Controversy in Russia over Holocaust ice dance routine

Episode based on ‘Life is Beautiful’ was performed by Navka, an Olympic gold medallist

Image Credit: AFP
This file photo taken on October 21, 2015 shows former figure skater Olympic champion Tatiana Navka attending the World Olympians Forum in Moscow. The wife of President Vladimir Putin's spokesman faced a storm of criticism on November 28 for performing a Holocaust-themed ice-dancing routine with striped costumes based on concentration camp uniforms.
Gulf News

Moscow: An Olympic ice-dancing gold medallist and her on-ice partner have caused controversy by dressing up in concentration camp uniforms for a dance routine on a popular television show.

Tatiana Navka, who is the wife of Russian presidential spokesman Dmitry Peskov, and dancing partner Andrei Burkovsky, appeared in Saturday’s episode of ‘Ice Age’ dressed in striped uniforms bearing yellow six-pointed stars and heavily made-up to look bruised and frail.

Their routine, which aired on state-owned Channel One, was based on ‘Life is Beautiful’, the Academy Award-winning Italian movie about a Jewish father who pretends for the sake of his small son that their internment in a Nazi camp is just a game.

Navka’s Instagram account soon was flooded with indignant comments.

Navka, 41, who won gold in ice dancing for Russia at the 2006 Turin Olympics, and Burkovsky, a 33-year-old theatre actor, told Russian media on Sunday that it was their way of paying homage to Holocaust victims.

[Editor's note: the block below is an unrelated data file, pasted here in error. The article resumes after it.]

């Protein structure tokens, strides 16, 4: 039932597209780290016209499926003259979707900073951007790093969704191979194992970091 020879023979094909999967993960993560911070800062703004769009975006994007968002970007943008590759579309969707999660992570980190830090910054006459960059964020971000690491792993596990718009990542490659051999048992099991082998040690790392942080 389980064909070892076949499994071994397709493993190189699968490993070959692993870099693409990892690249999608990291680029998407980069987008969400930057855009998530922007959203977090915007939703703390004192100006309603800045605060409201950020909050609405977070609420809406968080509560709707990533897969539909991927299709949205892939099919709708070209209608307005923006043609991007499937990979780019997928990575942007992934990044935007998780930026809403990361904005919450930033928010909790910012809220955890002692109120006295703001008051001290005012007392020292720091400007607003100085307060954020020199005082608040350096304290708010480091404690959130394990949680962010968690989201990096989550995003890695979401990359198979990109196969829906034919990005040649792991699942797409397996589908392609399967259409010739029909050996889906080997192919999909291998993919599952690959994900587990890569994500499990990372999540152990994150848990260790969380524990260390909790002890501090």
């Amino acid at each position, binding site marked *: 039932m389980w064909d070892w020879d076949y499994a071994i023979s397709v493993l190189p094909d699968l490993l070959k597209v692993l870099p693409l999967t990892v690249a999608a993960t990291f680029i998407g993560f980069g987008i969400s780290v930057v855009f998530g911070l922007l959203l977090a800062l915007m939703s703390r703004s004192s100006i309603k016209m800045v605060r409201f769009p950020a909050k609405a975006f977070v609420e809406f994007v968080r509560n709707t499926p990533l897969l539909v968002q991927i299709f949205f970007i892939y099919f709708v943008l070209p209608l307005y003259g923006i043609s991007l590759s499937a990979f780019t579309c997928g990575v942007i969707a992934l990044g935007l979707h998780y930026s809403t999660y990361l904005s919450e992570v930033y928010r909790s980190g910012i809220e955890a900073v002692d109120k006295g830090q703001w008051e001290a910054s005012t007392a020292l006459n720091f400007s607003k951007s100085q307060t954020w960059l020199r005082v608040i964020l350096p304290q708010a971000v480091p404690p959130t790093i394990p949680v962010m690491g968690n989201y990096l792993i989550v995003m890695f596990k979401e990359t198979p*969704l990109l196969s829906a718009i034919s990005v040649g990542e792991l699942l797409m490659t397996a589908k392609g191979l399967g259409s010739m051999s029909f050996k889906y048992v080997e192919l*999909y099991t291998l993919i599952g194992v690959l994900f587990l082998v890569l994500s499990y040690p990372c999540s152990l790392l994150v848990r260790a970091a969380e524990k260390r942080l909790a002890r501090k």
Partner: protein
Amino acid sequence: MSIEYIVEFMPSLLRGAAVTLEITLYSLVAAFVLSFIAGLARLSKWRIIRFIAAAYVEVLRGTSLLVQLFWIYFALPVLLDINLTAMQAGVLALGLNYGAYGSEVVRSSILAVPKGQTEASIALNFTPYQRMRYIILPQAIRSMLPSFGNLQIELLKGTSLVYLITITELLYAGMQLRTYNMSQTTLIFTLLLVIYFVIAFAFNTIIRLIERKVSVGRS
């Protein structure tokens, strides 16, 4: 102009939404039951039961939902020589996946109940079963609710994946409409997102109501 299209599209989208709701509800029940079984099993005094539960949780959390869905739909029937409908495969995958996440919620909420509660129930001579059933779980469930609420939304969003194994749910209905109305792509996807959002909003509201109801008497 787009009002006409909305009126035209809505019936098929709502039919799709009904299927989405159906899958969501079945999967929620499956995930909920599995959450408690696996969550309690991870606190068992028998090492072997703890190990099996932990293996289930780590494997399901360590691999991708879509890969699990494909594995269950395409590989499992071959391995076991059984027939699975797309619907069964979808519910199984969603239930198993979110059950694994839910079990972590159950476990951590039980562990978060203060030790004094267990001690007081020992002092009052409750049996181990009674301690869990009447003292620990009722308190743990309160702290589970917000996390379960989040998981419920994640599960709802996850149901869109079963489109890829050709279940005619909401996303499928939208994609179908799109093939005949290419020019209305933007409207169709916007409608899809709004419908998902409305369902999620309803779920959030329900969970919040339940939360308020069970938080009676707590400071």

Their dance sparked outrage in Israel.

“Motifs from the Holocaust are not for parties, not for dance and not for reality [TV],” Israeli Culture Minister Miri Regev told Israeli Army Radio on Sunday.

“Not one of the 6 million danced and a concentration camp is not a summer camp,” Regev added, referring to the number of Jewish dead.

Peskov told reporters on Monday that his wife’s dance routine is not something for the Kremlin to comment on, but said: “I’m proud of my wife. This is all I can say.”

While some Russians were indignant at what some saw as mockery of the memory of the dead, others posted messages of support on Navka’s Instagram account, saying that the dance brought tears to their eyes.

The routine was choreographed by 2002 Olympic silver medallist Ilya Averbukh, who is Jewish.

Averbukh, who said in a 2012 interview that he “had problems” in his childhood because of his Jewish name, stood by the Holocaust-themed dance.

“This routine is my idea,” Averbukh, who is also Ice Age’s chief producer, told Komsomolskaya Pravda on Sunday. “I have done a lot of routines on the war and Jewish themes.”

Senior Russian officials, including President Vladimir Putin, have honoured Holocaust victims and have spoken out against attempts to justify the crimes of Nazis or their allies.

The Holocaust-themed routines aren’t new to sports.

In 1996, France’s synchronised swimming team had to scrap its programme, which depicted the arrival of Jewish women in death camps and their final march to the gas chambers, following an intervention by the French sports minister. The routine was also based on a movie and set to music from Steven Spielberg’s “Schindler’s List.”

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